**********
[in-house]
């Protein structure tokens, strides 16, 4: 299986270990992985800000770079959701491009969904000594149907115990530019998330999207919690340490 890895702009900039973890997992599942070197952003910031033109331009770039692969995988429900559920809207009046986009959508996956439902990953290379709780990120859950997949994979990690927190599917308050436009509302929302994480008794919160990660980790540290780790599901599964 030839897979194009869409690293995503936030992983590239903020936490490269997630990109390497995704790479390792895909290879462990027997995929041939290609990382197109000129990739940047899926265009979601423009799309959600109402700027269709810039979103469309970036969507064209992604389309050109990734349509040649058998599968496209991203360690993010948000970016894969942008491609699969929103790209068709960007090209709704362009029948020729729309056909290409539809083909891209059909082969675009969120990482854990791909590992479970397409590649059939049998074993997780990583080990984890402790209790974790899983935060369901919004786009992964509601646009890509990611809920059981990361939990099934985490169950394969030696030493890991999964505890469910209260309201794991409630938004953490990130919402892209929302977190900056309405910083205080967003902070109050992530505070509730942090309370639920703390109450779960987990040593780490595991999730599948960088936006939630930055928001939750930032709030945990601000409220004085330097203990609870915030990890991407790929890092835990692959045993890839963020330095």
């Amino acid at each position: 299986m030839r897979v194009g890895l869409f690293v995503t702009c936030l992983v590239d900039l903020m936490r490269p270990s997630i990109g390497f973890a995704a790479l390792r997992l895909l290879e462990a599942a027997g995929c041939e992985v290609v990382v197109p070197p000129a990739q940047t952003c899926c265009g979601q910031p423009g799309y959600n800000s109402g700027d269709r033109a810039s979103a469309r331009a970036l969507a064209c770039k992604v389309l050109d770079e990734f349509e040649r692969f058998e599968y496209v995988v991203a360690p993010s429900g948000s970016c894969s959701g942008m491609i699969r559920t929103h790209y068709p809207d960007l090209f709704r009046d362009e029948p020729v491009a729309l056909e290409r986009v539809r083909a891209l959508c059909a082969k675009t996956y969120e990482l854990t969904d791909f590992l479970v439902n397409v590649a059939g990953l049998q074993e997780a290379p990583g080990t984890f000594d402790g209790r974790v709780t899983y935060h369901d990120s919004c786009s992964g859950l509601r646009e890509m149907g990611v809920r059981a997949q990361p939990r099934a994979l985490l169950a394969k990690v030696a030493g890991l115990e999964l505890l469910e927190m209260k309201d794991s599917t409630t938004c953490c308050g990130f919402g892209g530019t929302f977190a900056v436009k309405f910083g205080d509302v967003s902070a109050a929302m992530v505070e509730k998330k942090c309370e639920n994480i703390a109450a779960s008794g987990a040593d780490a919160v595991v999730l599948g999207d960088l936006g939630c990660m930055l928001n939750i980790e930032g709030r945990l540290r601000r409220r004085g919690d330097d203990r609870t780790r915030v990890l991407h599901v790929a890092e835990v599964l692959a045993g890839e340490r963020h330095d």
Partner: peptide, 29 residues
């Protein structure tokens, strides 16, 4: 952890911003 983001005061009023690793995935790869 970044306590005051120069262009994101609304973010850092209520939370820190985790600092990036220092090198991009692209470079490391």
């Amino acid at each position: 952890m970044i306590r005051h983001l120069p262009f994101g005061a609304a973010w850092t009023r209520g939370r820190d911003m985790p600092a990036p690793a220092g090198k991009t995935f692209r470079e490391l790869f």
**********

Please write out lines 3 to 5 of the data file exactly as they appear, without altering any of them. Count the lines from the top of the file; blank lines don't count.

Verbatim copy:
């Amino acid at each position: 299986m030839r897979v194009g890895l869409f690293v995503t702009c936030l992983v590239d900039l903020m936490r490269p270990s997630i990109g390497f973890a995704a790479l390792r997992l895909l290879e462990a599942a027997g995929c041939e992985v290609v990382v197109p070197p000129a990739q940047t952003c899926c265009g979601q910031p423009g799309y959600n800000s109402g700027d269709r033109a810039s979103a469309r331009a970036l969507a064209c770039k992604v389309l050109d770079e990734f349509e040649r692969f058998e599968y496209v995988v991203a360690p993010s429900g948000s970016c894969s959701g942008m491609i699969r559920t929103h790209y068709p809207d960007l090209f709704r009046d362009e029948p020729v491009a729309l056909e290409r986009v539809r083909a891209l959508c059909a082969k675009t996956y969120e990482l854990t969904d791909f590992l479970v439902n397409v590649a059939g990953l049998q074993e997780a290379p990583g080990t984890f000594d402790g209790r974790v709780t899983y935060h369901d990120s919004c786009s992964g859950l509601r646009e890509m149907g990611v809920r059981a997949q990361p939990r099934a994979l985490l169950a394969k990690v030696a030493g890991l115990e999964l505890l469910e927190m209260k309201d794991s599917t409630t938004c953490c308050g990130f919402g892209g530019t929302f977190a900056v436009k309405f910083g205080d509302v967003s902070a109050a929302m992530v505070e509730k998330k942090c309370e639920n994480i703390a109450a779960s008794g987990a040593d780490a919160v595991v999730l599948g999207d960088l936006g939630c990660m930055l928001n939750i980790e930032g709030r945990l540290r601000r409220r004085g919690d330097d203990r609870t780790r915030v990890l991407h599901v790929a890092e835990v599964l692959a045993g890839e340490r963020h330095d």
Partner: peptide, 29 residues
């Protein structure tokens, strides 16, 4: 952890911003 983001005061009023690793995935790869 970044306590005051120069262009994101609304973010850092209520939370820190985790600092990036220092090198991009692209470079490391």